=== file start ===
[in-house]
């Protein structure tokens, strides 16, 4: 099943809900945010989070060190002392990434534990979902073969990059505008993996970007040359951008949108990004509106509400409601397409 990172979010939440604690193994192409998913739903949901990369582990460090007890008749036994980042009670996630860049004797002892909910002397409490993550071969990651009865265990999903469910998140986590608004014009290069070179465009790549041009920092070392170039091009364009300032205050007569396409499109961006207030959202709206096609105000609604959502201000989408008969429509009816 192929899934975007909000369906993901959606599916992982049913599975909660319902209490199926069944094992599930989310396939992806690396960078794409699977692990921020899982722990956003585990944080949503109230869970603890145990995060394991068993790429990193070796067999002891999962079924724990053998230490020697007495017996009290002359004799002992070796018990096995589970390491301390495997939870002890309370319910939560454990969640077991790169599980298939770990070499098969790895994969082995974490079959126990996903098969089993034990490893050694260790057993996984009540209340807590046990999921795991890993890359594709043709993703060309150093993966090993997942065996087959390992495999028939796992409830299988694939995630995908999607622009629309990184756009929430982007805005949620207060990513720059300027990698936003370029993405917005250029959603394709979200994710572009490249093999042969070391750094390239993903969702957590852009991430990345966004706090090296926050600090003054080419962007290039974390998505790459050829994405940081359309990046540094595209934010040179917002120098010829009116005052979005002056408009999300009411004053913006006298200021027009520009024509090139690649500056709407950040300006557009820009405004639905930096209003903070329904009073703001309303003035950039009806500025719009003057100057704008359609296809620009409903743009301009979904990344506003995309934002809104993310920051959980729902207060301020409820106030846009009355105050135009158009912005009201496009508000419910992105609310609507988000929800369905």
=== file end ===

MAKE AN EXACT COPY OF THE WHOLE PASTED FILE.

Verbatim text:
[in-house]
């Protein structure tokens, strides 16, 4: 099943809900945010989070060190002392990434534990979902073969990059505008993996970007040359951008949108990004509106509400409601397409 990172979010939440604690193994192409998913739903949901990369582990460090007890008749036994980042009670996630860049004797002892909910002397409490993550071969990651009865265990999903469910998140986590608004014009290069070179465009790549041009920092070392170039091009364009300032205050007569396409499109961006207030959202709206096609105000609604959502201000989408008969429509009816 192929899934975007909000369906993901959606599916992982049913599975909660319902209490199926069944094992599930989310396939992806690396960078794409699977692990921020899982722990956003585990944080949503109230869970603890145990995060394991068993790429990193070796067999002891999962079924724990053998230490020697007495017996009290002359004799002992070796018990096995589970390491301390495997939870002890309370319910939560454990969640077991790169599980298939770990070499098969790895994969082995974490079959126990996903098969089993034990490893050694260790057993996984009540209340807590046990999921795991890993890359594709043709993703060309150093993966090993997942065996087959390992495999028939796992409830299988694939995630995908999607622009629309990184756009929430982007805005949620207060990513720059300027990698936003370029993405917005250029959603394709979200994710572009490249093999042969070391750094390239993903969702957590852009991430990345966004706090090296926050600090003054080419962007290039974390998505790459050829994405940081359309990046540094595209934010040179917002120098010829009116005052979005002056408009999300009411004053913006006298200021027009520009024509090139690649500056709407950040300006557009820009405004639905930096209003903070329904009073703001309303003035950039009806500025719009003057100057704008359609296809620009409903743009301009979904990344506003995309934002809104993310920051959980729902207060301020409820106030846009009355105050135009158009912005009201496009508000419910992105609310609507988000929800369905």